Want a Truly Japanese 2018 Toyota Camry? Examine VINs Closely for the Next Few Months
As all-new 2018 Toyota Camrys begin to trickle into Toyota’s U.S. dealers over the coming weeks, take a close look at the VIN.
It’s viewable through the windshield on the driver’s side. See that first number? It’s likely a 4, which means this Camry was built in Georgetown, Kentucky.
But there’s a chance that the VIN on the new 2018 Camry sitting on your local Toyota dealer’s lot doesn’t begin with a number at all.
You’re looking at the once-coveted J-VIN. Ooh la la.
According to the Automotive News Data Center, not a single one of the new Toyota Camrys sold in the United States so far this year have been built outside of the United States — they’re all domestic cars. Reaching back over the last few years likewise reveals very few Camry imports: only 321 of the 857,961 Camrys sold in the U.S. in 2014 and 2015 were imported.
But the transition to an all-new, TNGA-based Toyota Camry at the Georgetown, Kentucky, assembly plant, the first transition Georgetown has ever done for a completely new model, is challenging. Although the Toyota New Global Architecture is intended to improve efficiency, Wards Auto reports the Kentucky factory “will take a couple steps back before it can move forward in efficiency.”
Toyota has increased the Georgetown workforce to the highest level ever in order to ease the transition to an all-new Camry, but ramping up to full capacity won’t happen overnight. And Toyota does plan to use much of the Georgetown plant’s capacity, operating under the belief that a new Camry can spur demand across the midsize segment.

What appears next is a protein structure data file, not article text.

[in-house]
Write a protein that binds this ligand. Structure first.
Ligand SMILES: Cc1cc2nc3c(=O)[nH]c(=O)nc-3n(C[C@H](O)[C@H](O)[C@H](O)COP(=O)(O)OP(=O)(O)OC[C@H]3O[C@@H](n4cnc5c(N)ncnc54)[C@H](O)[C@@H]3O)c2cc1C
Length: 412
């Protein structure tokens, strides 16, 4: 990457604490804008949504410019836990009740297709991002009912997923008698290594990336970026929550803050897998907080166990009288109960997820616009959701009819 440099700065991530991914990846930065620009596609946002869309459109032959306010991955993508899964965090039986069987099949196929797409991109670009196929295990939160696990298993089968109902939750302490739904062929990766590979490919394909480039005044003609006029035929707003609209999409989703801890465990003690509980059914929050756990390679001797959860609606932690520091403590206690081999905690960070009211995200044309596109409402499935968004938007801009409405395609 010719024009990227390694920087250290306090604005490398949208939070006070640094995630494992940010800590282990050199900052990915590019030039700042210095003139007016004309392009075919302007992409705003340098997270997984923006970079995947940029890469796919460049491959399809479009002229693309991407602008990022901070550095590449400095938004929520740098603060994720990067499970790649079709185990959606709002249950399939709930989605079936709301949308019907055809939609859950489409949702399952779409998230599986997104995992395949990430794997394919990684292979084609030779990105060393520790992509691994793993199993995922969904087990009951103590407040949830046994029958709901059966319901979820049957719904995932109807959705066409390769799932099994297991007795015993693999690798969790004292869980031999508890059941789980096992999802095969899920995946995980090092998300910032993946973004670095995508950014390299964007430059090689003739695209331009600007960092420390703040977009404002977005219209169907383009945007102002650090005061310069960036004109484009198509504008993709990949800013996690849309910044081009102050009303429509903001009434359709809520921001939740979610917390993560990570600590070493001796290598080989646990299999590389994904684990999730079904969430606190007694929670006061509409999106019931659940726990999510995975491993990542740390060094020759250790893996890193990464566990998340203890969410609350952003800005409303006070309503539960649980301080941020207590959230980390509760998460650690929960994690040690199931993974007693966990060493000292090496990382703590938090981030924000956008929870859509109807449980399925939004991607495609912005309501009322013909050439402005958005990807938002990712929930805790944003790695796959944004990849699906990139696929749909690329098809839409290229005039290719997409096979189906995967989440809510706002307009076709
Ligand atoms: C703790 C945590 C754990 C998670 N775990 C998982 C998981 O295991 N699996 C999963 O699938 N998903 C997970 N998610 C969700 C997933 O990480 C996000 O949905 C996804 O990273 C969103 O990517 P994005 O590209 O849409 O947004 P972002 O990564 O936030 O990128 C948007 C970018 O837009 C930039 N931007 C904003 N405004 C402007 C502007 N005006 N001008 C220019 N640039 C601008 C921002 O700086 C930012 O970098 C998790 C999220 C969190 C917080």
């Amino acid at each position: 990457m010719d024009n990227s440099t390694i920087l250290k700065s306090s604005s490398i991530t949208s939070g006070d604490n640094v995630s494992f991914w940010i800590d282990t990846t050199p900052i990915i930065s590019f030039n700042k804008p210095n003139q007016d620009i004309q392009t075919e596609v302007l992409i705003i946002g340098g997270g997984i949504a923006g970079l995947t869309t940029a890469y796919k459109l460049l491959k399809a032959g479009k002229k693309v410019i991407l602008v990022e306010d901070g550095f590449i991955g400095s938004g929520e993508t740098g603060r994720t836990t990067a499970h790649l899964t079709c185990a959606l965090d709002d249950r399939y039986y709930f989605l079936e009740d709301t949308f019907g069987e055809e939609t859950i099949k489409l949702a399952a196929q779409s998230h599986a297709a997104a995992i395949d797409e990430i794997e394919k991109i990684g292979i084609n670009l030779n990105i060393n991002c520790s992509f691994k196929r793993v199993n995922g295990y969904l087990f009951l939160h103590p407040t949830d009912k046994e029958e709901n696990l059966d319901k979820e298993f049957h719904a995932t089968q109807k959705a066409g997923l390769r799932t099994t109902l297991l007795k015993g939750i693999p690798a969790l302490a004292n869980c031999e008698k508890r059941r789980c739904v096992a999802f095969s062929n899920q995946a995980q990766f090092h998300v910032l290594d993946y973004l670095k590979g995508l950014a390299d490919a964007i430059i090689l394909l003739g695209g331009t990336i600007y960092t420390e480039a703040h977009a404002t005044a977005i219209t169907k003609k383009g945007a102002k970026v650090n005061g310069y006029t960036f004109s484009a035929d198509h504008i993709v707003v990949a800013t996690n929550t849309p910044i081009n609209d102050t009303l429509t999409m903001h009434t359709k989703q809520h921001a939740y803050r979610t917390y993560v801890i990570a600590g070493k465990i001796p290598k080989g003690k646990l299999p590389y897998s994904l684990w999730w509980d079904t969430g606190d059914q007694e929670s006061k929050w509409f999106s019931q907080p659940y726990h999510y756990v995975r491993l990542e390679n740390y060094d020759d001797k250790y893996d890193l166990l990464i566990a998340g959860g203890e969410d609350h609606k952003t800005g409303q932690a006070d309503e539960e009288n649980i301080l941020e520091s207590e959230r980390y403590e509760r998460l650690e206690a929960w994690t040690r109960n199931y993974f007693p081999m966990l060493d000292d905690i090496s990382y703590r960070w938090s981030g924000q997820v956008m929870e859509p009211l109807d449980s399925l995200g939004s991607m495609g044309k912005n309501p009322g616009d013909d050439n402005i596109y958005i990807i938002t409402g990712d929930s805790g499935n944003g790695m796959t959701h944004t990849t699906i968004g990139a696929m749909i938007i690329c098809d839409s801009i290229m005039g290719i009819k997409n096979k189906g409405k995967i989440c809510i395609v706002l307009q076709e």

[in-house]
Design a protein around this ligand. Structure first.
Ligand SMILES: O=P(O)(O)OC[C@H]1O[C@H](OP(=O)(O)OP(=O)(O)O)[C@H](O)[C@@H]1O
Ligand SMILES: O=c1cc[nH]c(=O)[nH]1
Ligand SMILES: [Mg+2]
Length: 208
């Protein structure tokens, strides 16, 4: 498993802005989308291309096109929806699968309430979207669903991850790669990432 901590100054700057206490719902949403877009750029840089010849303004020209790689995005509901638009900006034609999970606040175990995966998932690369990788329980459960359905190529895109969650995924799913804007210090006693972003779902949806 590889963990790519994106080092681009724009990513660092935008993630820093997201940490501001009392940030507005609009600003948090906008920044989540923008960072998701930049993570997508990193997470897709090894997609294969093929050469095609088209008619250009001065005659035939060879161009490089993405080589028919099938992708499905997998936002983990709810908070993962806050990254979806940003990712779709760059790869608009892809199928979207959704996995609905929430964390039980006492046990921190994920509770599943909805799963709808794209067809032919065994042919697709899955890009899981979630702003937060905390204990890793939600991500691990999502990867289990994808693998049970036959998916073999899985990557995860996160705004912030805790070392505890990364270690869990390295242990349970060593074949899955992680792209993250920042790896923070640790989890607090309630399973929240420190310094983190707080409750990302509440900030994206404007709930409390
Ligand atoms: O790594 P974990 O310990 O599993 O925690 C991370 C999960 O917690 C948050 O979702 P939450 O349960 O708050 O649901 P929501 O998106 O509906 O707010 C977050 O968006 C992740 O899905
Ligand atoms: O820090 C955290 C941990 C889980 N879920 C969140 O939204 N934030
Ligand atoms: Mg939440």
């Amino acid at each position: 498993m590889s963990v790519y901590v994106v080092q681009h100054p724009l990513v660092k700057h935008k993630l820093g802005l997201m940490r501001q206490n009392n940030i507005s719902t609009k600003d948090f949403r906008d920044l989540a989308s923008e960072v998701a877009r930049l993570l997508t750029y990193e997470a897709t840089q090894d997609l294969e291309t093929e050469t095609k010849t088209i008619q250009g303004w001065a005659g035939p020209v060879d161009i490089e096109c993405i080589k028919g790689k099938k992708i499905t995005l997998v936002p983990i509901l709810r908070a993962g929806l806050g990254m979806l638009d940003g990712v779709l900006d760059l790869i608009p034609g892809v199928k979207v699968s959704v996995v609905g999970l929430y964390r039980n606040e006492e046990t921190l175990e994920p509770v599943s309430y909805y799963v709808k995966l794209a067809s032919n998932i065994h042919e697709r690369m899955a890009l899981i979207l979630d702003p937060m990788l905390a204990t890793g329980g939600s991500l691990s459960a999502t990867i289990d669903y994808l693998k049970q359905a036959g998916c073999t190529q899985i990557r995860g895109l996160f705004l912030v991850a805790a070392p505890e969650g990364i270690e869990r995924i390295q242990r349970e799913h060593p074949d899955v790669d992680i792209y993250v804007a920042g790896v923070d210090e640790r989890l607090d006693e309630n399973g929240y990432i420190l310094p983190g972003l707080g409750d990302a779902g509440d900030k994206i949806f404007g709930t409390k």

Yet while Toyota increases production of the 2018 Camry in Kentucky, where the Toyota Avalon and Lexus ES350 are also assembled, dealers will also receive some 2018 Camrys from Toyota’s plant in Tsutsumi, Japan. Wards says shipments from Japan will be “dialed down” by the end of August once Toyota’s local facility is operating the way it was designed to do so.
In the meantime, for customers willing to buy a new car in its first model year, there is once again an option to source your “Japanese car” from Japan.
So there’ll be superior quality and craftsmanship? Probably not. Camrys hardly became known as reliability nightmares when U.S. production began nearly thirty years ago.
But there’s still a certain segment of the population that wants their BMWs to come from Germany and not South Carolina, who want to drive Hamtramck-built Buicks rather than China-built Buicks, and their Toyotas to come from Japan rather than Kentucky.
For that demographic, there will be a handful of Tsutsumi-built 2018 Camrys. But probably not for long.
Nels0300 on Jul 10, 2017
I'd prefer a J-VIN Camry, but Kentucky has been building them for so long it probably doesn't matter. I'd prefer any car I buy be made in the manufacturer's country of origin, fully realizing in many cases it doesn't matter (but in some cases it does, see Mazda/Mexico mention above) If I bought a German car, the "W" VIN is preferable to me over South Africa, Mexico, or South Carolina. Same deal with Japanese, my J-VIN early 90s Hondas were fantastic. I loved that my Mustang was made at River Rouge where Model Ts and WWI boats had been made. Way cooler than Canada, "the country that invented Rock & Roll" according to GM marketing, where the Camaro was made. I even find it cool that my Elantra Sport came from Ulsan, Korea, and not Alabama.
Tlccar on Jul 12, 2017
My 1999 Accord EX with J vin has been a phenomenal car. Unlike many I have seen laden with rust mine is totally rust free. Coincidence? Not sure. But it still rides and drives like a new car some 18 years later. The only snafu with having a Japanese built car is that sometimes a part may be specific to that vin so auto parts stores can mess up if you need sonething. Other than that I say J vin all the way!!
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